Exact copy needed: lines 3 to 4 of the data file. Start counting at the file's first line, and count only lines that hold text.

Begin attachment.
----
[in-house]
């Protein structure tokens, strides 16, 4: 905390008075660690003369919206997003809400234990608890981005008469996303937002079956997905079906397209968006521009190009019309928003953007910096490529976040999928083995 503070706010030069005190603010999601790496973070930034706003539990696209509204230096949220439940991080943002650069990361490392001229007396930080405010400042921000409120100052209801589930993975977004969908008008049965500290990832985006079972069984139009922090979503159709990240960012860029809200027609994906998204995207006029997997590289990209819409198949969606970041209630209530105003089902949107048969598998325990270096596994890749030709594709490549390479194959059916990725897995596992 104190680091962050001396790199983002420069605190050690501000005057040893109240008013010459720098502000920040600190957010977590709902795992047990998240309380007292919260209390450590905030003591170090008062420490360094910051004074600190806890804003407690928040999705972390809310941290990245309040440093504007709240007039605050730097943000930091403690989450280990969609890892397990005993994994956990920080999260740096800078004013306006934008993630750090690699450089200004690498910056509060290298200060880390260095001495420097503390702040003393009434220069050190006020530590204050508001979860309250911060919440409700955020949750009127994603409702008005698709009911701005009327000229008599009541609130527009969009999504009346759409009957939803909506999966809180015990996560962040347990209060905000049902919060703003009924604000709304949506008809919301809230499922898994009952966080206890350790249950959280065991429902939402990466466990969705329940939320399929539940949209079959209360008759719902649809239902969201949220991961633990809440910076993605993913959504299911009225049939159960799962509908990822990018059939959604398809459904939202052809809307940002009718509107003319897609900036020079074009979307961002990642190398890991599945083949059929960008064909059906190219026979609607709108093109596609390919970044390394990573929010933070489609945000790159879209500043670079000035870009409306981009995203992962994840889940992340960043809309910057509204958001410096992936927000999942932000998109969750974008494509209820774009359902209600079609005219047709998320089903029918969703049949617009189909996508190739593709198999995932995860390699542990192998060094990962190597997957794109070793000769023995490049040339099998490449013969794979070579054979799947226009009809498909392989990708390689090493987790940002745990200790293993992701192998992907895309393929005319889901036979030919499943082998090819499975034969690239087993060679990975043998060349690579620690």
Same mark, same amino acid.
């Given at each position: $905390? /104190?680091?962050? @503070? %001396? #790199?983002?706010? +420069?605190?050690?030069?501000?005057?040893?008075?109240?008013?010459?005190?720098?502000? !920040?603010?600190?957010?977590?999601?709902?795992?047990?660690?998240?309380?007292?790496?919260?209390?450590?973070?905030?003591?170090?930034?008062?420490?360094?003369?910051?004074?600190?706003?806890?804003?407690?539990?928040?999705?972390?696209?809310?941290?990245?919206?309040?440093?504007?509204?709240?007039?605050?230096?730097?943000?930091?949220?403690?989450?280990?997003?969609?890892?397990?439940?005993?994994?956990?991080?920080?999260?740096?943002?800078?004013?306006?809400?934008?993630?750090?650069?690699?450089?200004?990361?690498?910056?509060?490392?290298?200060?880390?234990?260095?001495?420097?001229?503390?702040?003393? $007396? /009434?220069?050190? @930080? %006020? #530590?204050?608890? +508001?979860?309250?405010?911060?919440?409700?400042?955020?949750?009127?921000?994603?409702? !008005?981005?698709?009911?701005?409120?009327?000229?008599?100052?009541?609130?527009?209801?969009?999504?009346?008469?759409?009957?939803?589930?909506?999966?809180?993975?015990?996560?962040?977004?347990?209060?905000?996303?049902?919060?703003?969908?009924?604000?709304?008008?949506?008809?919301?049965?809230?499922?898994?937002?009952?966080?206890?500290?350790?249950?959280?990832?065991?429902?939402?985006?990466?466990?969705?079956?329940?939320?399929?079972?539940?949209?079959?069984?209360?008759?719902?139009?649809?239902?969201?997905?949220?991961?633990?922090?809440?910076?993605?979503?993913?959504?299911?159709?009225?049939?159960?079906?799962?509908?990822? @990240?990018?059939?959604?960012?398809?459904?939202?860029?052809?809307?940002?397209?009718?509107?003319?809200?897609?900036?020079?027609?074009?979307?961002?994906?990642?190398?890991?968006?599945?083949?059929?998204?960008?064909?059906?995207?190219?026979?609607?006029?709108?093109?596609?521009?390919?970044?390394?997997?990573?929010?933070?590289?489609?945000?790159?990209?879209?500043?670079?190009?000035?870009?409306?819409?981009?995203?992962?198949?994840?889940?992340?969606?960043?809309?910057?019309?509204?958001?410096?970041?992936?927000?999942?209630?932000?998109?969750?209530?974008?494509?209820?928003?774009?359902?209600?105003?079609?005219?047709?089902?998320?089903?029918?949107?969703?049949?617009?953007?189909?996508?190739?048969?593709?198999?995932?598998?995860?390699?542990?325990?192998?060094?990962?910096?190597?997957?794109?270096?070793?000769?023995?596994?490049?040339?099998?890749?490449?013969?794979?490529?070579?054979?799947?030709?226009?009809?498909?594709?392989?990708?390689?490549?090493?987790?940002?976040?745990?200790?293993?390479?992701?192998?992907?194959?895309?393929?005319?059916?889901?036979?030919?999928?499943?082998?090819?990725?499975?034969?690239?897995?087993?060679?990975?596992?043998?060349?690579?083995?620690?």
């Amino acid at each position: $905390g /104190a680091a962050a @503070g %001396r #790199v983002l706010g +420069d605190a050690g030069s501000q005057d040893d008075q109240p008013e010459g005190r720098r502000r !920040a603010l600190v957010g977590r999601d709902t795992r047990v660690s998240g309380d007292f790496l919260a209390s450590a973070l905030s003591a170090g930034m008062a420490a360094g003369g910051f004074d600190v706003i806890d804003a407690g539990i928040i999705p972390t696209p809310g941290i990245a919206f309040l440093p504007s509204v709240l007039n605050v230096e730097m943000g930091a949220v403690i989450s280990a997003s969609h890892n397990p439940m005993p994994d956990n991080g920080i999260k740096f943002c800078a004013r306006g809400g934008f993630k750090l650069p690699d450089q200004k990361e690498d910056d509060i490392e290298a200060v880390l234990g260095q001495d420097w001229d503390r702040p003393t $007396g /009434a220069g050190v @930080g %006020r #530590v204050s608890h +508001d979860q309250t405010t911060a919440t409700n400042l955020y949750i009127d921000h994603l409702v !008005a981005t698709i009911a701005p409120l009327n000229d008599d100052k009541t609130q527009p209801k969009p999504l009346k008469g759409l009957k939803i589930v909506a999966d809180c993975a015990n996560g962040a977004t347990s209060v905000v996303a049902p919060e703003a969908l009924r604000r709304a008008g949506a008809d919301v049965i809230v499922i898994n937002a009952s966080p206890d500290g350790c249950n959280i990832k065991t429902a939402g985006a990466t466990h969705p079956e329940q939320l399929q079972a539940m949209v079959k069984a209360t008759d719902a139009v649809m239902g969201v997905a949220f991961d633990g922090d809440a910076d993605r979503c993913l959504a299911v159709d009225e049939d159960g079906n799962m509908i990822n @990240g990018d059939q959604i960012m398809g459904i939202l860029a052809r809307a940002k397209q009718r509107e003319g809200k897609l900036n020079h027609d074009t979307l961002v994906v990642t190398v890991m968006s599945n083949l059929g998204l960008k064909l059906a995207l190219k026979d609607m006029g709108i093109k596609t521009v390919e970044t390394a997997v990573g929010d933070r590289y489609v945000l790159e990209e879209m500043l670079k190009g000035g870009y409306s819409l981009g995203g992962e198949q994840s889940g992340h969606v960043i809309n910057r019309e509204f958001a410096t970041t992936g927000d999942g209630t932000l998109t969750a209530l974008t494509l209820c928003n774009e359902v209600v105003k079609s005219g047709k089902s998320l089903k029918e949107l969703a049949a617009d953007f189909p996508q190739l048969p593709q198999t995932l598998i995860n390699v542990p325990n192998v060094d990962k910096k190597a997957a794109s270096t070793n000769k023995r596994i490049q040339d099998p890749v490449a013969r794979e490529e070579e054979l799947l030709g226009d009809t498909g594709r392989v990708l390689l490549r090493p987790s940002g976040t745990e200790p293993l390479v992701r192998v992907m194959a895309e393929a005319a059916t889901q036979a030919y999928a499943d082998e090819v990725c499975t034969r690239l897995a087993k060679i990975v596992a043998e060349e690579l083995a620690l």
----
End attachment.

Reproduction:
Same mark, same amino acid.
């Given at each position: $905390? /104190?680091?962050? @503070? %001396? #790199?983002?706010? +420069?605190?050690?030069?501000?005057?040893?008075?109240?008013?010459?005190?720098?502000? !920040?603010?600190?957010?977590?999601?709902?795992?047990?660690?998240?309380?007292?790496?919260?209390?450590?973070?905030?003591?170090?930034?008062?420490?360094?003369?910051?004074?600190?706003?806890?804003?407690?539990?928040?999705?972390?696209?809310?941290?990245?919206?309040?440093?504007?509204?709240?007039?605050?230096?730097?943000?930091?949220?403690?989450?280990?997003?969609?890892?397990?439940?005993?994994?956990?991080?920080?999260?740096?943002?800078?004013?306006?809400?934008?993630?750090?650069?690699?450089?200004?990361?690498?910056?509060?490392?290298?200060?880390?234990?260095?001495?420097?001229?503390?702040?003393? $007396? /009434?220069?050190? @930080? %006020? #530590?204050?608890? +508001?979860?309250?405010?911060?919440?409700?400042?955020?949750?009127?921000?994603?409702? !008005?981005?698709?009911?701005?409120?009327?000229?008599?100052?009541?609130?527009?209801?969009?999504?009346?008469?759409?009957?939803?589930?909506?999966?809180?993975?015990?996560?962040?977004?347990?209060?905000?996303?049902?919060?703003?969908?009924?604000?709304?008008?949506?008809?919301?049965?809230?499922?898994?937002?009952?966080?206890?500290?350790?249950?959280?990832?065991?429902?939402?985006?990466?466990?969705?079956?329940?939320?399929?079972?539940?949209?079959?069984?209360?008759?719902?139009?649809?239902?969201?997905?949220?991961?633990?922090?809440?910076?993605?979503?993913?959504?299911?159709?009225?049939?159960?079906?799962?509908?990822? @990240?990018?059939?959604?960012?398809?459904?939202?860029?052809?809307?940002?397209?009718?509107?003319?809200?897609?900036?020079?027609?074009?979307?961002?994906?990642?190398?890991?968006?599945?083949?059929?998204?960008?064909?059906?995207?190219?026979?609607?006029?709108?093109?596609?521009?390919?970044?390394?997997?990573?929010?933070?590289?489609?945000?790159?990209?879209?500043?670079?190009?000035?870009?409306?819409?981009?995203?992962?198949?994840?889940?992340?969606?960043?809309?910057?019309?509204?958001?410096?970041?992936?927000?999942?209630?932000?998109?969750?209530?974008?494509?209820?928003?774009?359902?209600?105003?079609?005219?047709?089902?998320?089903?029918?949107?969703?049949?617009?953007?189909?996508?190739?048969?593709?198999?995932?598998?995860?390699?542990?325990?192998?060094?990962?910096?190597?997957?794109?270096?070793?000769?023995?596994?490049?040339?099998?890749?490449?013969?794979?490529?070579?054979?799947?030709?226009?009809?498909?594709?392989?990708?390689?490549?090493?987790?940002?976040?745990?200790?293993?390479?992701?192998?992907?194959?895309?393929?005319?059916?889901?036979?030919?999928?499943?082998?090819?990725?499975?034969?690239?897995?087993?060679?990975?596992?043998?060349?690579?083995?620690?």